View Description Hide DescriptionA quantitative ultrasonic imaging method employing timedomain scattering data is presented. This method provides tomographic images of medium properties such as the sound speed contrast; these images are equivalent to multiplefrequency filteredbackpropagation reconstructions using all frequencies within the bandwidth of the incident pulse employed. However, image synthesis is performed directly in the time domain using coherent combination of farfield scattered pressure waveforms, delayed and summed to numerically focus on the unknown medium. The timedomain method is more efficient than multiplefrequency diffraction tomography methods, and can, in some cases, be more efficient than singlefrequency diffraction tomography. Example reconstructions, obtained using synthetic data for two and threedimensional scattering of wideband pulses, show that the timedomain reconstruction method provides image quality superior to singlefrequency reconstructions for objects of size and contrast relevant to medical imaging problems such as ultrasonic mammography. The present method is closely related to existing syntheticaperture imaging methods such as those employed in clinical ultrasound scanners. Thus, the new method can be extended to incorporate available imageenhancement techniques such as timegain compensation to correct for medium absorption and aberration correction methods to reduce error associated with weak scattering approximations.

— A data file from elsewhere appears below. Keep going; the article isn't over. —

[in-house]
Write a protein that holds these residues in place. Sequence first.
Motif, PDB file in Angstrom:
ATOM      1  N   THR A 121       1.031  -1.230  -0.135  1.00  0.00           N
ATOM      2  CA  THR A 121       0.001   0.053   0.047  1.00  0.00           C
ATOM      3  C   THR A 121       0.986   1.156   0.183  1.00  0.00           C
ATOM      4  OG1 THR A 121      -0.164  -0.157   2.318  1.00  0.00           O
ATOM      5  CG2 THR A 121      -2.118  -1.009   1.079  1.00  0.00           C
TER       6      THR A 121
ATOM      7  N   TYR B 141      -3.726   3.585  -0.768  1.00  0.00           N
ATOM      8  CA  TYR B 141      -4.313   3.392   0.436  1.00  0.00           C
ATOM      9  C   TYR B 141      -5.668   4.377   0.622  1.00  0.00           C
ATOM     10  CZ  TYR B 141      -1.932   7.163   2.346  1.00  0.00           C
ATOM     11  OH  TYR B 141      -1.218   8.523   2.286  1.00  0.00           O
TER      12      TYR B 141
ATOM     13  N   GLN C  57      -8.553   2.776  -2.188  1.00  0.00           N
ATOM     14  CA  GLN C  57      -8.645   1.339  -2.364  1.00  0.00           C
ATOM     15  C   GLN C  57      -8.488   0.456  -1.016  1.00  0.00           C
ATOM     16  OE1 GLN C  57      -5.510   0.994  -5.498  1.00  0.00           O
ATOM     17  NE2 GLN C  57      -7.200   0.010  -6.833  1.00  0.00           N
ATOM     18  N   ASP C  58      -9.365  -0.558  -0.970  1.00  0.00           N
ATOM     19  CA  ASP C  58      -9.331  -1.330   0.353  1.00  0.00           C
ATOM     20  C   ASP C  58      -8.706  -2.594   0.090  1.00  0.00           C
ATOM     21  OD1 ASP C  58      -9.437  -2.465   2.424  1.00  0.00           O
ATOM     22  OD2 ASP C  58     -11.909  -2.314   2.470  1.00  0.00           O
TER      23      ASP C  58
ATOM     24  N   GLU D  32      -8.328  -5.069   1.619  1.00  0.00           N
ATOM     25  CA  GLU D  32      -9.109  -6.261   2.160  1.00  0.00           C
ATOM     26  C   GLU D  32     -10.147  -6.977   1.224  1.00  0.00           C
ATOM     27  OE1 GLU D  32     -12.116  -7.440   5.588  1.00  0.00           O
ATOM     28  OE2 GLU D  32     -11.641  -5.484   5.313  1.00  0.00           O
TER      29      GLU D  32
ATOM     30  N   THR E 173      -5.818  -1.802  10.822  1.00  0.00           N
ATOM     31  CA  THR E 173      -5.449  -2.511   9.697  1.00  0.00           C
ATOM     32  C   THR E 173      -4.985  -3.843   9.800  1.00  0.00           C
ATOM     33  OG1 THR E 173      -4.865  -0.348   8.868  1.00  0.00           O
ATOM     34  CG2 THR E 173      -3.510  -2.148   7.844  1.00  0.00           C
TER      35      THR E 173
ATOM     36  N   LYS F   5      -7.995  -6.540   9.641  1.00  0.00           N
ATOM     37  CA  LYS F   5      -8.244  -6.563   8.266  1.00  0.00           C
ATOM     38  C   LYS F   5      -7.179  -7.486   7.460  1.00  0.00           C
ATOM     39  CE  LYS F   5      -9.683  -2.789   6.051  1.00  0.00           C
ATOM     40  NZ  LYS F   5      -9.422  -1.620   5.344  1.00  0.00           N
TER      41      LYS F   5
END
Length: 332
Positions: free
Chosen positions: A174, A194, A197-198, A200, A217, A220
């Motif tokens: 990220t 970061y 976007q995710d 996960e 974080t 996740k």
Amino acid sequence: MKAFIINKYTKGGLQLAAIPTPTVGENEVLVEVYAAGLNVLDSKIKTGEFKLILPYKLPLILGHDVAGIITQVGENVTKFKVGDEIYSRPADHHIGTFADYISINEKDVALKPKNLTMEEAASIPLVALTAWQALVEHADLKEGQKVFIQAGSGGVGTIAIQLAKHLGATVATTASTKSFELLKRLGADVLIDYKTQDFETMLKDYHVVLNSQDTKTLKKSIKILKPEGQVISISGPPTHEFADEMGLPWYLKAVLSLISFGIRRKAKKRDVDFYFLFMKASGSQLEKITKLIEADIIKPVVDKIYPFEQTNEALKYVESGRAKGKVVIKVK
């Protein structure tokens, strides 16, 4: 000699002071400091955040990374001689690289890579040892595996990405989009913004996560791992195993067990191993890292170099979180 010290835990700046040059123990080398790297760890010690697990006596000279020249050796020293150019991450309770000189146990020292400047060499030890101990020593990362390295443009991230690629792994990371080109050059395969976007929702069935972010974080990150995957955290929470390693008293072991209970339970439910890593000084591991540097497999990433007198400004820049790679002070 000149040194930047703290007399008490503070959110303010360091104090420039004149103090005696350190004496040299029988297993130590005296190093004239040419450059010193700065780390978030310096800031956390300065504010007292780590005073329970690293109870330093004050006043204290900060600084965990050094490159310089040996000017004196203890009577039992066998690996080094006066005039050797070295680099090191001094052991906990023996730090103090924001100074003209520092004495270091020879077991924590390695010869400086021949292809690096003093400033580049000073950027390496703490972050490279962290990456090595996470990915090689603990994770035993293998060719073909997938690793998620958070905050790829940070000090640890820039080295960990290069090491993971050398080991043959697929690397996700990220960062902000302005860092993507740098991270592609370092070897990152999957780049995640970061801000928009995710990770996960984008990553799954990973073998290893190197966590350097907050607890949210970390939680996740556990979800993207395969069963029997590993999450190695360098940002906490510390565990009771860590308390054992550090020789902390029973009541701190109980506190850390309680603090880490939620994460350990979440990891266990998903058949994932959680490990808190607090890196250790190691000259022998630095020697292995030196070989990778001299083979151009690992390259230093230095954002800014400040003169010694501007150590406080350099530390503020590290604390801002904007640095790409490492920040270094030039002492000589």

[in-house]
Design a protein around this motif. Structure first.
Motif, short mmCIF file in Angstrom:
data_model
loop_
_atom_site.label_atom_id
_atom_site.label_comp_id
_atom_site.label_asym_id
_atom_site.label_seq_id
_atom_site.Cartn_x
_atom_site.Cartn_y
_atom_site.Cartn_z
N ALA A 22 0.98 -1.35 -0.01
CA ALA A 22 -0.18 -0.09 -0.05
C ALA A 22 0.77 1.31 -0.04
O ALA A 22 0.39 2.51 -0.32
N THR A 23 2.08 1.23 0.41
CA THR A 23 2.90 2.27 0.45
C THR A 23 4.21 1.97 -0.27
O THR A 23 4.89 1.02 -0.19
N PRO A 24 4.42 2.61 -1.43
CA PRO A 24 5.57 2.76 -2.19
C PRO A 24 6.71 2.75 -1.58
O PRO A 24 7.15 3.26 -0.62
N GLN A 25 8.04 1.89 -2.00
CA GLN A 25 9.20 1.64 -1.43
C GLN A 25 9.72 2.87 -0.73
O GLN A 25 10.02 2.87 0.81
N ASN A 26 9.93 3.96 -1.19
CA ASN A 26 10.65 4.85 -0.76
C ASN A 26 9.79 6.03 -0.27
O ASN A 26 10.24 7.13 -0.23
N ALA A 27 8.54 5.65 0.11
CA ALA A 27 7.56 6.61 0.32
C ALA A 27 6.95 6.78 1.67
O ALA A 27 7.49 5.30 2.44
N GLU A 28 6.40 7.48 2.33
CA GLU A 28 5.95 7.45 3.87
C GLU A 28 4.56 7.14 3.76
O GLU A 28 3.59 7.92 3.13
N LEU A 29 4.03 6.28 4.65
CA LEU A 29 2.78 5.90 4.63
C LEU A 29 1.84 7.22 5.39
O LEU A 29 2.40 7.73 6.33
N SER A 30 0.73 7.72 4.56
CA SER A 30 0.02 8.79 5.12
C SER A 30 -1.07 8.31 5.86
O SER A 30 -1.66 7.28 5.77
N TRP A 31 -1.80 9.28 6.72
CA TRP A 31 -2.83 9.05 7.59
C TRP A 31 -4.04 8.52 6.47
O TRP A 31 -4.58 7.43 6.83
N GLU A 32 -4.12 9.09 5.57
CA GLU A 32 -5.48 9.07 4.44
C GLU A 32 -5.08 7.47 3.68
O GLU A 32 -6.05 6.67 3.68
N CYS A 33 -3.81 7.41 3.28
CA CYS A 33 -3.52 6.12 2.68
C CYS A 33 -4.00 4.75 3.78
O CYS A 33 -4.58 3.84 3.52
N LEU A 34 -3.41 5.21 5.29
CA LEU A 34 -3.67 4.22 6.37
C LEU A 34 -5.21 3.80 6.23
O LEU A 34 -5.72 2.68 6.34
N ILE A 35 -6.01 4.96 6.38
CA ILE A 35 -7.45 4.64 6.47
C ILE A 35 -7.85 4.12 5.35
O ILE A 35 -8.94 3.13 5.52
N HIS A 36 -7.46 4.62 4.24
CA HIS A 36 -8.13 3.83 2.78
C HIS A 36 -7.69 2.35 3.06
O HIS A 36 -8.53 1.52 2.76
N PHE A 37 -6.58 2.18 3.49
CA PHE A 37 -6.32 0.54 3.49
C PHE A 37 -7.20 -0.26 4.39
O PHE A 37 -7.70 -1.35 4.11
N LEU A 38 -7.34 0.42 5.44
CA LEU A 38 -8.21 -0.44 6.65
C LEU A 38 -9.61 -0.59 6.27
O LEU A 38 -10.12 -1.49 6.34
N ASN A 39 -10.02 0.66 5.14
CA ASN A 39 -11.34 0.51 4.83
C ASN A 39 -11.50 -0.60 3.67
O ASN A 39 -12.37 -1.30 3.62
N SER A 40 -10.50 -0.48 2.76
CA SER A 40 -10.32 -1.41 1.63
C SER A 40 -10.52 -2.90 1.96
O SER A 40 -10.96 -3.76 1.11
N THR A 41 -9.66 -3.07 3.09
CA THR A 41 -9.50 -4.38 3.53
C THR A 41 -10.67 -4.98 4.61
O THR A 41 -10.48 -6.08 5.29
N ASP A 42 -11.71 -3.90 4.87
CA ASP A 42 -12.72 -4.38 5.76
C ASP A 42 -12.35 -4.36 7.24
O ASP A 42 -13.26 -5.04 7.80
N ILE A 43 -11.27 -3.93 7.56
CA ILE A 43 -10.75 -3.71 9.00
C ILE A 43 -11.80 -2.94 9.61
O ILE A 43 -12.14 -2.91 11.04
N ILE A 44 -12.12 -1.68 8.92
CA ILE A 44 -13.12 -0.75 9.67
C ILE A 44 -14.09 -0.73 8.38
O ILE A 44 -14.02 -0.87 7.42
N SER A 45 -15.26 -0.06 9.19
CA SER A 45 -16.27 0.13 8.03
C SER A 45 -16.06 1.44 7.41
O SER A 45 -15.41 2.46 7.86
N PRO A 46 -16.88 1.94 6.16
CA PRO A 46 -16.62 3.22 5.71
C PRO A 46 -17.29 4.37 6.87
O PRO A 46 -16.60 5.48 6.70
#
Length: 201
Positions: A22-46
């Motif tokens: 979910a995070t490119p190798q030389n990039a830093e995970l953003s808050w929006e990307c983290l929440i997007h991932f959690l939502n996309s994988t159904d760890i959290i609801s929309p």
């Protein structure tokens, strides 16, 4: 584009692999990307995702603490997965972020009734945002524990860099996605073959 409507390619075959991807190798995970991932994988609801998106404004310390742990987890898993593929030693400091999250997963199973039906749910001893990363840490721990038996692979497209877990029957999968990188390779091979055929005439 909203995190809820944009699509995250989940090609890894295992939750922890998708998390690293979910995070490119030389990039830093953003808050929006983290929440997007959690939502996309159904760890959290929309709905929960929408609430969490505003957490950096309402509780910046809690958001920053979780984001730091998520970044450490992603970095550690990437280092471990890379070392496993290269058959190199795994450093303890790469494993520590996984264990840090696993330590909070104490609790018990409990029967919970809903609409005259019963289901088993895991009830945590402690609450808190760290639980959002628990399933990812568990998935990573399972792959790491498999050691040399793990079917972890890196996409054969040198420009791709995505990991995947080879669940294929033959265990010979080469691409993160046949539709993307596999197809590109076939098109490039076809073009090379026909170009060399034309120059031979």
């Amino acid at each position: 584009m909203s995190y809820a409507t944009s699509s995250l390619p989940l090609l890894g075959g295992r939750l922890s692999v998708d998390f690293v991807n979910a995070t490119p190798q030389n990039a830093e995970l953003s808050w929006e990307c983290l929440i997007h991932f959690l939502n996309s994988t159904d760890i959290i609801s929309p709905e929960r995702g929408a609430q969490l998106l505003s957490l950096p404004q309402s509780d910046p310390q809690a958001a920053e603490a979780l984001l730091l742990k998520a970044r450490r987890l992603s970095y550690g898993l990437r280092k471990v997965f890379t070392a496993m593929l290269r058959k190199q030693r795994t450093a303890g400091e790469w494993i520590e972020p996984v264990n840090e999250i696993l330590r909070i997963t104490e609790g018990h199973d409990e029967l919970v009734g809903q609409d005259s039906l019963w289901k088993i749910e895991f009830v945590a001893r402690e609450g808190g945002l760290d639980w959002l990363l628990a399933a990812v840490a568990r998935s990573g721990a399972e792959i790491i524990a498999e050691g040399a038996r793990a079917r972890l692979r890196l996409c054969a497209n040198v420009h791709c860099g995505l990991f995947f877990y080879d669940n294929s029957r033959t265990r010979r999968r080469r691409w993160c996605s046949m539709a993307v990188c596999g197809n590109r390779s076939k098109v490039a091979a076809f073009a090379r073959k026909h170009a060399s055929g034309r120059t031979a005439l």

A Galerkin method for the numerical analysis of diffraction by a rectangular screen